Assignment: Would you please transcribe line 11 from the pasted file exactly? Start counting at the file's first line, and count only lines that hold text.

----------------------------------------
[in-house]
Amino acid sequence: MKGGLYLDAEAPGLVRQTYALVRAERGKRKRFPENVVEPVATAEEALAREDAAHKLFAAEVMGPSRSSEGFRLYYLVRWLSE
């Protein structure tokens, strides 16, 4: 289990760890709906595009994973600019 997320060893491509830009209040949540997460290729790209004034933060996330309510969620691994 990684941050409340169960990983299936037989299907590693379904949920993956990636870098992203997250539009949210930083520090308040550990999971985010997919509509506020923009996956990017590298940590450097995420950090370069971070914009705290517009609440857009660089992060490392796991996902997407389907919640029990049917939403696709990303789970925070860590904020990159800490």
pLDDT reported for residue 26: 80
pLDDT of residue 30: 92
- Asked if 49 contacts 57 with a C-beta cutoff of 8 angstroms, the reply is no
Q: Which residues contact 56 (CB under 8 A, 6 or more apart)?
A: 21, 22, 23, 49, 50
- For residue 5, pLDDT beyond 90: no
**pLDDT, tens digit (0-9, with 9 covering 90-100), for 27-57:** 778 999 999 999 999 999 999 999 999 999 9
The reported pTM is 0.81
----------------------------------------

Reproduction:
The reported pTM is 0.81